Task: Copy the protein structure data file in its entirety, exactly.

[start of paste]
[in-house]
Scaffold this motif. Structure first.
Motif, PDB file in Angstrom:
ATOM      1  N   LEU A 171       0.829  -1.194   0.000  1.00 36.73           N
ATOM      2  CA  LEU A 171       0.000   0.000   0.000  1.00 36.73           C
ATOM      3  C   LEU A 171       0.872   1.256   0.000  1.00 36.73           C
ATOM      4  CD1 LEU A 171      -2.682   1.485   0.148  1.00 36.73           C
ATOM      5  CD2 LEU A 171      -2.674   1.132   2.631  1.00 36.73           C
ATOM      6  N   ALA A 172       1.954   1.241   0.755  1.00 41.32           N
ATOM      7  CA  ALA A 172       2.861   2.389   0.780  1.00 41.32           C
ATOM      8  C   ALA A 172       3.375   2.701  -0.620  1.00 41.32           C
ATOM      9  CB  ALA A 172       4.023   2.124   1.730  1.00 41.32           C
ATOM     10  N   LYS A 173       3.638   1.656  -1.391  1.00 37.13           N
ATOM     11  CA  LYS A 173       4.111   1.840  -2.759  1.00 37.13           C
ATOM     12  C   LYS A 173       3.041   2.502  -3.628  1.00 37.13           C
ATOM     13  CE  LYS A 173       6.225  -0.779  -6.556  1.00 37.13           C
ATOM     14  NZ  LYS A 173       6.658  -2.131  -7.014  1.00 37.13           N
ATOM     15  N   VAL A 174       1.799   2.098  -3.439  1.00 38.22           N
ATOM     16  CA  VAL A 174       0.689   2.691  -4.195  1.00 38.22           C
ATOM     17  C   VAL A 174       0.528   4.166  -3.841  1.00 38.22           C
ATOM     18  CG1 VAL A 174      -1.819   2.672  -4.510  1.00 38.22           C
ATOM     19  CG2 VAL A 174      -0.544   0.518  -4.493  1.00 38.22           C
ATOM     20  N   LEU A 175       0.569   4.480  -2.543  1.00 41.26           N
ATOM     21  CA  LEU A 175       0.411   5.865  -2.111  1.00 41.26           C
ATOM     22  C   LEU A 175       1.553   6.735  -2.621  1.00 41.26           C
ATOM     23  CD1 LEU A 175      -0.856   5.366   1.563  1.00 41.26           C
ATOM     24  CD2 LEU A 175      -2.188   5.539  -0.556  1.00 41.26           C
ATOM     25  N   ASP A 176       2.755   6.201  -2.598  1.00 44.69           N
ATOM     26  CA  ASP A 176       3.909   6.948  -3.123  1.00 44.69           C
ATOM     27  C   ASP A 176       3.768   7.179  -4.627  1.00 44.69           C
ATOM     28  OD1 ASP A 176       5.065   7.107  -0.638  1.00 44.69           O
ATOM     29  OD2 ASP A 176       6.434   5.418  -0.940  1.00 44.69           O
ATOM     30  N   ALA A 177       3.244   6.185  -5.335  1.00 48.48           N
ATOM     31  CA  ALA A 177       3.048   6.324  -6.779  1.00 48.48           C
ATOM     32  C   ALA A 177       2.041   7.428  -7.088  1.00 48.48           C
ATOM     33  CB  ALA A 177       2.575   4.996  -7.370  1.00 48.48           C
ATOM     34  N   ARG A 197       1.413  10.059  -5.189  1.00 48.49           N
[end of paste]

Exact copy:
[in-house]
Scaffold this motif. Structure first.
Motif, PDB file in Angstrom:
ATOM      1  N   LEU A 171       0.829  -1.194   0.000  1.00 36.73           N
ATOM      2  CA  LEU A 171       0.000   0.000   0.000  1.00 36.73           C
ATOM      3  C   LEU A 171       0.872   1.256   0.000  1.00 36.73           C
ATOM      4  CD1 LEU A 171      -2.682   1.485   0.148  1.00 36.73           C
ATOM      5  CD2 LEU A 171      -2.674   1.132   2.631  1.00 36.73           C
ATOM      6  N   ALA A 172       1.954   1.241   0.755  1.00 41.32           N
ATOM      7  CA  ALA A 172       2.861   2.389   0.780  1.00 41.32           C
ATOM      8  C   ALA A 172       3.375   2.701  -0.620  1.00 41.32           C
ATOM      9  CB  ALA A 172       4.023   2.124   1.730  1.00 41.32           C
ATOM     10  N   LYS A 173       3.638   1.656  -1.391  1.00 37.13           N
ATOM     11  CA  LYS A 173       4.111   1.840  -2.759  1.00 37.13           C
ATOM     12  C   LYS A 173       3.041   2.502  -3.628  1.00 37.13           C
ATOM     13  CE  LYS A 173       6.225  -0.779  -6.556  1.00 37.13           C
ATOM     14  NZ  LYS A 173       6.658  -2.131  -7.014  1.00 37.13           N
ATOM     15  N   VAL A 174       1.799   2.098  -3.439  1.00 38.22           N
ATOM     16  CA  VAL A 174       0.689   2.691  -4.195  1.00 38.22           C
ATOM     17  C   VAL A 174       0.528   4.166  -3.841  1.00 38.22           C
ATOM     18  CG1 VAL A 174      -1.819   2.672  -4.510  1.00 38.22           C
ATOM     19  CG2 VAL A 174      -0.544   0.518  -4.493  1.00 38.22           C
ATOM     20  N   LEU A 175       0.569   4.480  -2.543  1.00 41.26           N
ATOM     21  CA  LEU A 175       0.411   5.865  -2.111  1.00 41.26           C
ATOM     22  C   LEU A 175       1.553   6.735  -2.621  1.00 41.26           C
ATOM     23  CD1 LEU A 175      -0.856   5.366   1.563  1.00 41.26           C
ATOM     24  CD2 LEU A 175      -2.188   5.539  -0.556  1.00 41.26           C
ATOM     25  N   ASP A 176       2.755   6.201  -2.598  1.00 44.69           N
ATOM     26  CA  ASP A 176       3.909   6.948  -3.123  1.00 44.69           C
ATOM     27  C   ASP A 176       3.768   7.179  -4.627  1.00 44.69           C
ATOM     28  OD1 ASP A 176       5.065   7.107  -0.638  1.00 44.69           O
ATOM     29  OD2 ASP A 176       6.434   5.418  -0.940  1.00 44.69           O
ATOM     30  N   ALA A 177       3.244   6.185  -5.335  1.00 48.48           N
ATOM     31  CA  ALA A 177       3.048   6.324  -6.779  1.00 48.48           C
ATOM     32  C   ALA A 177       2.041   7.428  -7.088  1.00 48.48           C
ATOM     33  CB  ALA A 177       2.575   4.996  -7.370  1.00 48.48           C
ATOM     34  N   ARG A 197       1.413  10.059  -5.189  1.00 48.49           N